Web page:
A Letter to Liberian Lawmakers and U.S. Assistant Secretary of State for African Affairs
|Amb. Greenfield and President Sirleaf
There are calls for the Liberian Legislature to quickly ratify Liberia’s accession to the World Trade Organization (WTO). The pressure being put on the Legislature by some local actors and international actors seem reminiscent of the same pressure that Ms. Greenfield and others put on the Legislature to ratify more than 100 concessions and contracts since the inception of the Ellen Johnson Sirleaf administration in January, 2006. Moore Stephens, a London based international accounting firm, reviewed a sample of 68 of the more than 100 concessions and contracts in Liberia and the findings were appalling. The accounting firm reported that only 2 of the 68 concessions were done legally, meaning 66 concessions or 97% were done illegally.
The 67th flawed agreement (Wologizi) was in the pipeline as we have learned recently from Global Witness. The Legislature and the Executive connived to change the procurement laws just to conclude Wologizi concessionary agreement to benefit foreign interests, against the interest of the Liberian people. Today, many officials of the Government, including the speaker of the House of Representatives and senators (including the Chairman of the ruling Unity Party) are on the hooks for taking bribe to pass laws that benefited foreign investors against the interest of the Liberian people. This is why Liberia stands at the bottom of all indexes, including the UNDP Human Development Index, Transparency International, Heritage Foundation/Wall Street Journal Economic Freedom Index, and we are rock bottom amongst the poorest in the world. This is after 168 years of existence, with billions of dollars being allegedly spent on Liberia in the past 10 years.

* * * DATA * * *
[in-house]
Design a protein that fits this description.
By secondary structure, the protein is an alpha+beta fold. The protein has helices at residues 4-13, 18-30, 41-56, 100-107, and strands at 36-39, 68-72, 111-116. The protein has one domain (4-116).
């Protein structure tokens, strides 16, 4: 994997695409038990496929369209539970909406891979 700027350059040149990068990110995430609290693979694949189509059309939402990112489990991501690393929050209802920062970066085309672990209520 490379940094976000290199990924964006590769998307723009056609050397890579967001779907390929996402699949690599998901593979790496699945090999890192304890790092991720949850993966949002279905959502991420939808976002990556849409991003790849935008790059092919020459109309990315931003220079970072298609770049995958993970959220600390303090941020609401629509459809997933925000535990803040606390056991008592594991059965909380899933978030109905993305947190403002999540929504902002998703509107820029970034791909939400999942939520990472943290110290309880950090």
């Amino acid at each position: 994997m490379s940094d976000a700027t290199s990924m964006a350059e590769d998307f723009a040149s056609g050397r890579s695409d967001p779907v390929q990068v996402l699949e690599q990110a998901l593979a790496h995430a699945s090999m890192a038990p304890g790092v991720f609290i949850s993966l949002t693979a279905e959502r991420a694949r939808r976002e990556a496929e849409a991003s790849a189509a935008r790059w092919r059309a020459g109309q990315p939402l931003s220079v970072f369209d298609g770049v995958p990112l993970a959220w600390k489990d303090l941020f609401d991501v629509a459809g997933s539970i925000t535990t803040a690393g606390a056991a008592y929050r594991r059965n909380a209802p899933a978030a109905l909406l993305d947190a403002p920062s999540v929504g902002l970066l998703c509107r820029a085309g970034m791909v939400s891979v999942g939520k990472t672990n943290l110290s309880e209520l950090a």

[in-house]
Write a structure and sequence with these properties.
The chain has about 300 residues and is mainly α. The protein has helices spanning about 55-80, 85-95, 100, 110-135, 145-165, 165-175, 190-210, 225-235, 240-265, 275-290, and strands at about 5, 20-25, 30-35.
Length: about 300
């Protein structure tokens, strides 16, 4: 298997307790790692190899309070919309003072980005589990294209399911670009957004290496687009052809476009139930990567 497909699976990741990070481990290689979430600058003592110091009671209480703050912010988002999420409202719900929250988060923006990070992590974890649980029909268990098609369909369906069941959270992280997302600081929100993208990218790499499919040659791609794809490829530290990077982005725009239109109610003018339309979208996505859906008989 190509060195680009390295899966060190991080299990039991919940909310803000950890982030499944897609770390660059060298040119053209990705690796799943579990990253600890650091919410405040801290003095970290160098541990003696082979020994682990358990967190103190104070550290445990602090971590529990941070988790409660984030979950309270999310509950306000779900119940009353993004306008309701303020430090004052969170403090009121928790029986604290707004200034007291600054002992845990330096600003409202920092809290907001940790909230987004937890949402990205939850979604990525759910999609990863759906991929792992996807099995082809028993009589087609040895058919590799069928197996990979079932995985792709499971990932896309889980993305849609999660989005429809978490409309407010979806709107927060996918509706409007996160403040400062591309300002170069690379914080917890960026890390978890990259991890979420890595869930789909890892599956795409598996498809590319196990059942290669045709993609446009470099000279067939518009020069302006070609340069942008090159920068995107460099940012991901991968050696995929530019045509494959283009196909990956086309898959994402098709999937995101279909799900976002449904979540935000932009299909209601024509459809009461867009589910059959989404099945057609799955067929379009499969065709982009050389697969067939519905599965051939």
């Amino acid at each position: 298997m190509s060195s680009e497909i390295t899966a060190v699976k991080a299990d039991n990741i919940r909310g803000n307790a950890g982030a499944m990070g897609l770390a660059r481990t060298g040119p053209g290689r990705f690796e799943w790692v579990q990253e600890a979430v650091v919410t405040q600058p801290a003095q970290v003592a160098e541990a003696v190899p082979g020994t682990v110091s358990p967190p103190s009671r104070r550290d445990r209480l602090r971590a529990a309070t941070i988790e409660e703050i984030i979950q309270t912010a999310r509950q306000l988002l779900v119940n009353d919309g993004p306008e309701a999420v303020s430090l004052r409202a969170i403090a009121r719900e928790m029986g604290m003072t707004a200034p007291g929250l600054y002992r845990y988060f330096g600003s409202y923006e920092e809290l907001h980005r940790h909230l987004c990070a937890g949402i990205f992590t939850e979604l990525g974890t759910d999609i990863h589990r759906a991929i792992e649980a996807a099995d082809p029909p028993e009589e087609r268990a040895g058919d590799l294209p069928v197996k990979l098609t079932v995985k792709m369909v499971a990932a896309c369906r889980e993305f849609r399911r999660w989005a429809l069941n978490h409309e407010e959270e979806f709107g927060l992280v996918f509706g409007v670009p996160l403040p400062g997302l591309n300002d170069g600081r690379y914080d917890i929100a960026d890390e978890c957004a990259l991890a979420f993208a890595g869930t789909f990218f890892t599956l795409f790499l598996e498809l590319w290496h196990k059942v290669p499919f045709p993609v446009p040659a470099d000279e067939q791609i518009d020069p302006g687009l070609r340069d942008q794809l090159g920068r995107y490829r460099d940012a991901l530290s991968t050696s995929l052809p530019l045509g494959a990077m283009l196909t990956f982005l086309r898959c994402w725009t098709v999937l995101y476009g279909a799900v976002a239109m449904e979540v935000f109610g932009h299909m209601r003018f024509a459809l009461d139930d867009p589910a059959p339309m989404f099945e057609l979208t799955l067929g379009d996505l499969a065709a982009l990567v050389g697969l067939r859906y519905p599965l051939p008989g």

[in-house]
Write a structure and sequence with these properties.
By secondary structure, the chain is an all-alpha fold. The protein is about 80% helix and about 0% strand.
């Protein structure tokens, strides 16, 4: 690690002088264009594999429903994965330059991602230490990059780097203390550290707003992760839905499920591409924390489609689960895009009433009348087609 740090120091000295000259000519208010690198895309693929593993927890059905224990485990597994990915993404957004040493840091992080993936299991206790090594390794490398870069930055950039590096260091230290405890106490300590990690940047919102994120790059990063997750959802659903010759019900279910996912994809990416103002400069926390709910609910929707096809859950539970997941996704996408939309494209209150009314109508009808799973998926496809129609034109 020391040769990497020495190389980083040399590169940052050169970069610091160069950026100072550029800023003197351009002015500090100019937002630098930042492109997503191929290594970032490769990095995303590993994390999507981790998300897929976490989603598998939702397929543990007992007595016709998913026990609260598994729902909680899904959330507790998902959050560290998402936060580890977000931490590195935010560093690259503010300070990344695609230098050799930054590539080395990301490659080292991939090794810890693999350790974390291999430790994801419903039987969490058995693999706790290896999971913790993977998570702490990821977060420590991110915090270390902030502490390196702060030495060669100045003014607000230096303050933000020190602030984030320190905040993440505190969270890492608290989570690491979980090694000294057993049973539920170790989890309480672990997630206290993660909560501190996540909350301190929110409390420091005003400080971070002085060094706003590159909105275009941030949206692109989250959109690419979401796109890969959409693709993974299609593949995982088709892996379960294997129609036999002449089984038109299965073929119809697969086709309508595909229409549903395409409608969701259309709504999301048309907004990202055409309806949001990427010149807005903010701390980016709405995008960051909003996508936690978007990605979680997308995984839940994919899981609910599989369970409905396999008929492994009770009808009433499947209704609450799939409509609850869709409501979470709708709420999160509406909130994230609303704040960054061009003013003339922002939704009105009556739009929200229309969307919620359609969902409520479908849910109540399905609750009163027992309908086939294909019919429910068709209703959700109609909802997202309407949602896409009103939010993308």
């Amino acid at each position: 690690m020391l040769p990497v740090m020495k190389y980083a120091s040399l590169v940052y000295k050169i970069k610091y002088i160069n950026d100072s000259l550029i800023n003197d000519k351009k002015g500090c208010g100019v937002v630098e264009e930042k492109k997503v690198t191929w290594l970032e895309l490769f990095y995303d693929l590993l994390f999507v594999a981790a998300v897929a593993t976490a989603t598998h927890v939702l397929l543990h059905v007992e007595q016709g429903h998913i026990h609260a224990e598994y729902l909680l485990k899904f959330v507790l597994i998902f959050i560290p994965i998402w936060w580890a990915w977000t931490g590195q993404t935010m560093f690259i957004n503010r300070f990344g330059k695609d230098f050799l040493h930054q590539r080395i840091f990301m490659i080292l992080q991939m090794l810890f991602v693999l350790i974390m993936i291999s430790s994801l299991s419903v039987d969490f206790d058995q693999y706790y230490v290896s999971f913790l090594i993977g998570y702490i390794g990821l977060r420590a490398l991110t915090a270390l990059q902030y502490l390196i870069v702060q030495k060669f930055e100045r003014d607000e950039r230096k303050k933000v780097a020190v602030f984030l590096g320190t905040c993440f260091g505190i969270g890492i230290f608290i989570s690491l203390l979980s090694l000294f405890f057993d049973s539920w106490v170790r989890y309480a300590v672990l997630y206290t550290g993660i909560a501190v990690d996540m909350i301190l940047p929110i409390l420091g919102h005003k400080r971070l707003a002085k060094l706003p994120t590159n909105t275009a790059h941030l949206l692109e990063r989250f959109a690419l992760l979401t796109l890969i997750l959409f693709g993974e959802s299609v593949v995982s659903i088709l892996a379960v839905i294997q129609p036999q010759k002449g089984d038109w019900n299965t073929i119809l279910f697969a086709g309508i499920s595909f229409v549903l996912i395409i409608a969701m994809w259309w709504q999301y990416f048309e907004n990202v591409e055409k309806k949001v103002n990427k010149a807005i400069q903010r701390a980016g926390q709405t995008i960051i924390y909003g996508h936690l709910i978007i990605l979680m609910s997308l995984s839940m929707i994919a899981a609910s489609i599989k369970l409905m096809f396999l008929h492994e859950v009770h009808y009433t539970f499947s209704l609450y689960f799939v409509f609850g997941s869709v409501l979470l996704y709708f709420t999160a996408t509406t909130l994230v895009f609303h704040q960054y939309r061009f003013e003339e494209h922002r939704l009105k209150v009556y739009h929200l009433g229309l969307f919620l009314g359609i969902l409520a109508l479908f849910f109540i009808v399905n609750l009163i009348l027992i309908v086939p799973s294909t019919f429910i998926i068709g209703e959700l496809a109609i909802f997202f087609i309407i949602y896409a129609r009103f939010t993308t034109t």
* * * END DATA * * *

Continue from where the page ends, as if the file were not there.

Remember, the same international actors boasted, as did the Executive Branch of the Liberian Government, that Liberia “was open for business” and Liberia has attracted $16 billion in foreign direct investments. Realizing that Liberians are not seeing the benefits of the $16 billion, the President of Liberia said only $4.5 billion of that amount has been invested in Liberia during the first ten years of her administration. Guess what, her Party Chairman contradicted her $4.5 billion figure and he claimed that barely $500 million has been invested in Liberia.
The U.S. Assistant Secretary of State for African Affairs, instead of asking about the 66 flawed agreements or why Liberians seeing the benefits of $500 million and not $16 billion, she is now pinch-hitting for President Sirleaf in pressuring the members of the lower house of the Liberian Legislature to ratify the WTO Agreement, due to the president’s lack of moral rectitude amid prevailing systemic corruption with impunities in the country. Sadly, Madam Greenfield is not only aware of corruption in the country, but she is also aware of the adverse repercussions of Liberia joining the WTO. So why is she pushing the agreement down the throats of our lawmakers? Is this based on friendship with the President?
The Perspective in favor of free and unfretted trade and for Liberia to join any organization that advanced the interests of the Liberian people. But given our recent history of selling the country‘s resources for cheap while Liberians remained amongst the poorest in the world, there is a need for caution. Liberia has joined nearly every organization imaginable and our President has received every award imaginable in the world. The question has been what Liberians have gotten out of all these international memberships.
Quite recently, the same domestic and international actors boasted of Liberian being included in African Growth and Opportunity Act (AGOA). The Government of Liberia jubilated when Liberia was included in AGOA. Since Liberian was accepted in AGOA, how have Liberians and Liberia fared? What has been the increase of Liberian exports to the United States of America?